President Robert Mugabe of Zimbabwe said Thursday that a cholera epidemic in the southern African nation had been "arrested," even as the United Nations announced that deaths from the illness had risen to 783.When Barack Obama gets sworn in as President January 20, one of the major tests to his leadership will be how he deals with Africa. It's no secret among conservatives that President Bush has done more to aid Africa than any U.S. president before him and Barack needs to follow the president's lead by not only aiding the impoverished continent financially and developmentally, but also doing whatever he can to rid Africa of Robert Mugabe.
Mugabe credited the World Health Organization for helping contain the outbreak in Zimbabwe, which last week declared a national health emergency.
"Now there is no cholera, there is no cause for war," he said in a speech at a funeral for a ruling party official, news services reported. "We need doctors, not soldiers."
Mugabe, who blames Western sanctions for the country's economic collapse, has accused the West of using the cholera outbreak to plot an invasion.
His assessment of the epidemic was disputed by health-care organizations, which have flooded the economically devastated country in recent weeks with supplies and personnel. On Wednesday, the United Nations called for an additional $6 million to tackle cholera, which it said threatens "the well-being of thousands of people."
"The situation is getting better," said Thomas Merkelbach, head of the International Committee of the Red Cross delegation in Zimbabwe. But he added, "There are still cases coming in."
Mugabe, Zimbabwe's leader for 28 years, has faced increasing international pressure in recent days to step down as the cholera crisis has grown. Kenya's prime minister, Raila Odinga, and South African Archbishop Desmond Tutu have called on African nations to use force to depose Mugabe. This week, President Bush, echoing calls from France and Britain, said it was "time for Robert Mugabe to go."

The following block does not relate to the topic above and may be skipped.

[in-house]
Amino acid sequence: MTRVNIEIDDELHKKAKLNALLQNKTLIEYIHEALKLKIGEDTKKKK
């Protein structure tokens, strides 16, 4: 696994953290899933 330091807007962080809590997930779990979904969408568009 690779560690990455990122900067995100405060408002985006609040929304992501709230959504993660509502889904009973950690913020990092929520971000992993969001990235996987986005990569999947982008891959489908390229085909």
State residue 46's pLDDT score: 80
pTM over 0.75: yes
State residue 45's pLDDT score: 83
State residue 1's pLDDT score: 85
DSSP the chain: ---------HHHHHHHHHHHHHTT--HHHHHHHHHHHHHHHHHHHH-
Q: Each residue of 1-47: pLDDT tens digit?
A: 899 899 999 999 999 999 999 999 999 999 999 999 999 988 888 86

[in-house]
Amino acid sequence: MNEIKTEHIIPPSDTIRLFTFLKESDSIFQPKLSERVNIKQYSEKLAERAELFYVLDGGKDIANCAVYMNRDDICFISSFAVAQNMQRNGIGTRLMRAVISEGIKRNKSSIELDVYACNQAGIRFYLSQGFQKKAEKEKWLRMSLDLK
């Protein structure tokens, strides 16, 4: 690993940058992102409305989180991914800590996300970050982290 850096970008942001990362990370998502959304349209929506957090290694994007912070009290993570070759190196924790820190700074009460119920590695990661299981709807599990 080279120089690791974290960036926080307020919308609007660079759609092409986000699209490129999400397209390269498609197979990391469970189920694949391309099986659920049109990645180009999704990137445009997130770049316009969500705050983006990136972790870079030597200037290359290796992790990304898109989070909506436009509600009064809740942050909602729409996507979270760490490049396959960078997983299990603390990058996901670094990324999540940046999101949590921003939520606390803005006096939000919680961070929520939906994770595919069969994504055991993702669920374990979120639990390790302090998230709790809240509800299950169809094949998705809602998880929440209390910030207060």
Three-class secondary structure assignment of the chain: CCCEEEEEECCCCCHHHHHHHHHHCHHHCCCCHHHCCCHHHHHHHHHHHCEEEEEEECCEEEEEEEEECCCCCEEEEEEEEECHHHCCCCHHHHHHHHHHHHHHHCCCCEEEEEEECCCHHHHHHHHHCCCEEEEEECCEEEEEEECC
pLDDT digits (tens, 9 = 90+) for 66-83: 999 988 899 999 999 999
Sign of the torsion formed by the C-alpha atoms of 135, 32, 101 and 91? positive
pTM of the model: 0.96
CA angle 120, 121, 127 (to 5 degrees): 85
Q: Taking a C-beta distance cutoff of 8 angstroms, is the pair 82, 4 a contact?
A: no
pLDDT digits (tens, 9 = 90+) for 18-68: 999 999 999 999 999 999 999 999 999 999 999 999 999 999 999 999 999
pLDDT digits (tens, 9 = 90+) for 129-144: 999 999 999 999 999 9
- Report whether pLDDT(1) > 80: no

Indeed, one would think that expectations for America's first Black president would be high in regards to Africa. Not only was Obama's dad from Kenya, but Barack himself visited Africa three years ago and as a Senator took courageous stances criticizing South Africa's record on HIV/AIDS and its quiet diplomacy towards Zimbabwe. Well, as president Obama will need to do much more. Throughout his reign as president of Zimbabwe, Mugabe's policies have brought starvation to the country, a collapse of infrastructure and death to pro-democracy politicians as well as human rights activists. Finally, after years of sitting idly by and doing nothing, African leaders like Desmond Tutu are speaking up urging Mugabe to go. Thanks to Robert Mugabe the people of Zimbabwe have been living in misery for almost decades now. If, as he insinuated before the election that he will first offer to talk to dictators like Mugabe, than Barack Obama will be showing once again that he is not ready to lead.